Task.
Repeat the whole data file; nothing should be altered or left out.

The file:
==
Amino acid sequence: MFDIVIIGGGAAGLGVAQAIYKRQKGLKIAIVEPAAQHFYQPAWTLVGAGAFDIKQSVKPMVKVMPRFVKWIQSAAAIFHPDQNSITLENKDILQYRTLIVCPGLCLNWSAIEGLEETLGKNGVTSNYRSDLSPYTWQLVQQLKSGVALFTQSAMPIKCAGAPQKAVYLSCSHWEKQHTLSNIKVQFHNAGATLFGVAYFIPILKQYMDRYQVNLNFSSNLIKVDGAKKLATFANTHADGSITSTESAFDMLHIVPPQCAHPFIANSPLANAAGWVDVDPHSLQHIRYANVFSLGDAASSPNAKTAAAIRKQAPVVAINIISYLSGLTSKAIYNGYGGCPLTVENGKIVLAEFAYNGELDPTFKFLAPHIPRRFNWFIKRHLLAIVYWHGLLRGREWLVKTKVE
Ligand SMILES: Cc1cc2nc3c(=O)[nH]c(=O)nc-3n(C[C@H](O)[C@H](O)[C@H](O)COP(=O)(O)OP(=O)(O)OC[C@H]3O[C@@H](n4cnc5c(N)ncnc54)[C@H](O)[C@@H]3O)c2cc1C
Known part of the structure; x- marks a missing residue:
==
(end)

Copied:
Amino acid sequence: MFDIVIIGGGAAGLGVAQAIYKRQKGLKIAIVEPAAQHFYQPAWTLVGAGAFDIKQSVKPMVKVMPRFVKWIQSAAAIFHPDQNSITLENKDILQYRTLIVCPGLCLNWSAIEGLEETLGKNGVTSNYRSDLSPYTWQLVQQLKSGVALFTQSAMPIKCAGAPQKAVYLSCSHWEKQHTLSNIKVQFHNAGATLFGVAYFIPILKQYMDRYQVNLNFSSNLIKVDGAKKLATFANTHADGSITSTESAFDMLHIVPPQCAHPFIANSPLANAAGWVDVDPHSLQHIRYANVFSLGDAASSPNAKTAAAIRKQAPVVAINIISYLSGLTSKAIYNGYGGCPLTVENGKIVLAEFAYNGELDPTFKFLAPHIPRRFNWFIKRHLLAIVYWHGLLRGREWLVKTKVE
Ligand SMILES: Cc1cc2nc3c(=O)[nH]c(=O)nc-3n(C[C@H](O)[C@H](O)[C@H](O)COP(=O)(O)OP(=O)(O)OC[C@H]3O[C@@H](n4cnc5c(N)ncnc54)[C@H](O)[C@@H]3O)c2cc1C
Known part of the structure; x- marks a missing residue: